BackClosePinFull Size
ADFS::Web.$.projects.gamesthatgotaway/html
 

The Ones That Got Away

These are the games that never quite made it - a few ideas I threw together to get people interested, or to keep myself busy during the lean periods. I'm putting them here for the same reason I put a lot of things on the 'Web - because I keep losing them otherwise!
 
Some notes before looking at this page. Dates are approximate - the earliest datestamp on any file for a project gives me my starting date. Some of the images presented here at half original size due to low original resolution. I could compensate, but they'd look blocky on modern machines, and take up more room. Also, you may notice a lot of images have a horrid pink background - this was due to it being so naff a colour it was banned from appearing in any of my games (a trick I picked up from Jason Tribbeck), and so was ideal for being masked out of existence!
 
Everything here © me unless otherwise stated. If you want to use any of this stuff in your own game, first seek professional medical help, and if that doesn't cure you then contact me.

Untitled scans (1991?)

Taken from a recently rediscovered notebook, these images were just bits and pieces I picked up on as I was looking through some computer games magazines. Some of the earlier pages appear to be missing, but at some point I started grouping the sketches together - is this where I decided that, instead of all the other things that I'd been doing up until then, I might give computer graphics a go?
 
These images have been heavily cleaned - the colours have become muddy over the years, and there's a lot of transfer, especially when facing pages have been used. However, crossings out and scribbled text have been left in, as they're quite informative. Apparently there were to be five planets - one and two are something of a mystery, as they are not named, but probably included an organic world as per the first level of the Bitmap Brother's classic Xenon II, and maybe an ancient world, with Aztec and Egyptian influences. The ancient levels would later be completed in Cyber Ape, including clues written with hieroglyphs. The other three worlds are listed on page 3 of the scans, "Globulon", "Militaris" and "Technon". Page one, with its technologically advanced space ships, is tentatively entitled "Planet 5" at the top, but by page 5 the "Militaris" name is writ large. The design on the Militaris page seems to have influenced the unknown test images, and so by extension possibly Underkill; plus the 'plane looks very similar to the one in the Time Pilot sprites...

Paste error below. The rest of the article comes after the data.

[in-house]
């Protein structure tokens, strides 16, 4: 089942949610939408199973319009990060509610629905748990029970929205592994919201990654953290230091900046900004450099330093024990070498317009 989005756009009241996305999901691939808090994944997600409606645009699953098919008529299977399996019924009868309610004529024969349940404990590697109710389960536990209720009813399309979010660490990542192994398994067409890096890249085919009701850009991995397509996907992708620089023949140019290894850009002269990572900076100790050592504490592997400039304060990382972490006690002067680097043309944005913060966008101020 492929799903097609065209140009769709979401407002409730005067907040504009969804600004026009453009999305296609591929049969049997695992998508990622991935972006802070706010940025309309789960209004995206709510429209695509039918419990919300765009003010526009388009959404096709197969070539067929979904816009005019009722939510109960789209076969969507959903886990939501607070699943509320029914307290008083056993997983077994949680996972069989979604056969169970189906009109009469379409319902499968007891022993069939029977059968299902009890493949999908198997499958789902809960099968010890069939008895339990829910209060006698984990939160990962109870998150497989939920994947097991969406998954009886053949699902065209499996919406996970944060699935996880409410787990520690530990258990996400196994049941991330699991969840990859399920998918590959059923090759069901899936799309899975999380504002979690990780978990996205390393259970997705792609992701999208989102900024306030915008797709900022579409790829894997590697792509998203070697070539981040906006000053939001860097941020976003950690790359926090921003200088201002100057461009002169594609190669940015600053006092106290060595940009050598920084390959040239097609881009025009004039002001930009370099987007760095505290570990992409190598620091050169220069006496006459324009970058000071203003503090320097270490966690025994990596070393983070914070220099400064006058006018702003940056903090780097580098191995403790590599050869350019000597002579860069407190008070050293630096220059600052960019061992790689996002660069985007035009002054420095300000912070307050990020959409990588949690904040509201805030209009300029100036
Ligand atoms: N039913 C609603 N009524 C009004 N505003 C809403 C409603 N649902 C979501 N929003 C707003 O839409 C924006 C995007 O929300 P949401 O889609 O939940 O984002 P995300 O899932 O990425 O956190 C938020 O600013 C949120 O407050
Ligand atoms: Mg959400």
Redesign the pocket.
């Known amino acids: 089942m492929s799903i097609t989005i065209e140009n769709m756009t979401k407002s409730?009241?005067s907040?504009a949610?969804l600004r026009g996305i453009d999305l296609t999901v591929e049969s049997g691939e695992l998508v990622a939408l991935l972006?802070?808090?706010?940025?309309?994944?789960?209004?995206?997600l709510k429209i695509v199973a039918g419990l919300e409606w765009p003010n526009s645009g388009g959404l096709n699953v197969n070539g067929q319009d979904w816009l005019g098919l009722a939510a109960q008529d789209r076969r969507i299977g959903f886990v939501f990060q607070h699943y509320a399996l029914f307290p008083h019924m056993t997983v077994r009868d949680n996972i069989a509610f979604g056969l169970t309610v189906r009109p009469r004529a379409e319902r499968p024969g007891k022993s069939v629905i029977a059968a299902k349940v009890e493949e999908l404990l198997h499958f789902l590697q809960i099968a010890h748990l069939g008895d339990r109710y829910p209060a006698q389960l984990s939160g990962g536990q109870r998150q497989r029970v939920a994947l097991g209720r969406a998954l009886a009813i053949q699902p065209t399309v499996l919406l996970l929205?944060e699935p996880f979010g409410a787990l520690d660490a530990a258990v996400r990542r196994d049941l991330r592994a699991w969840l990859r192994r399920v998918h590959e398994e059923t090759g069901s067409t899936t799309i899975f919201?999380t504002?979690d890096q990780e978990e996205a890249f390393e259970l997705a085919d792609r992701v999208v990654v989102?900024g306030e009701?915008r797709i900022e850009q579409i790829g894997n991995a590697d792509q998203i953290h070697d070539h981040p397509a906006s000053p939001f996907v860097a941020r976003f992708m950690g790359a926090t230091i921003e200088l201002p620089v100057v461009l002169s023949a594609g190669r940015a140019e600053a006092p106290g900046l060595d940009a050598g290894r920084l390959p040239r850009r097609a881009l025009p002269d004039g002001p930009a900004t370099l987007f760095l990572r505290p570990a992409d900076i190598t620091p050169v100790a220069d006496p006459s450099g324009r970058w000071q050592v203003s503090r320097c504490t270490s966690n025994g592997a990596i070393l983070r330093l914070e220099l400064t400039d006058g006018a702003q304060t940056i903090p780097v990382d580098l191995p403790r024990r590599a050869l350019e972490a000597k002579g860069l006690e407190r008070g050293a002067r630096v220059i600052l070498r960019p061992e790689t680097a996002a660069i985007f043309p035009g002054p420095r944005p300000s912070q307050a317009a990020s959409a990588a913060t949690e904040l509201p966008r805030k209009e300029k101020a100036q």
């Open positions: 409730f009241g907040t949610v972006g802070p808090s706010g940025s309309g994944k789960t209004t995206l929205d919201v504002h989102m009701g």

The game itself appears to be a vertically scrolling shoot-em-up, again similar to Xenon II, and including other similar elements like things in the walls that shot out blobs, vehicles that scrolled down to shoot at you, and power ups. However, there seems to be the added disadvantage of things that pop out and block your way, such as tanks or electric arcs, and strangely some of the images make it appear that the player's vehicle would be near the top, scrolling down, rather than the more usual bottom-up style.
Scan page 1 Scan page 2 Scan page 3 and 4 Scan page 5 Scan page 6

War Games (1992)

My first proper attempt to map out my own game. Back then all I had access to was a greyscale video digitiser and a video camera, so some of the images are pencil sketches of staff from my old college, and some are frame grabs of my mate Pete Wakeling. There's a document file with these images that maps out some kind of Star Trek-style adventure game - you're a bridge commander and have to listen to advice from all of your staff, scan external objects and read data files about them, and, oh yes, blow shit up. There are also full bios of the crew, including physical attributes and commendations; fleet regulations with punishment levels; a recent history of battles and incidents; and a briefing from the Commodore.
War Games 1 War Games 2 War Games characters War Games faces

Twisted Helix (1992)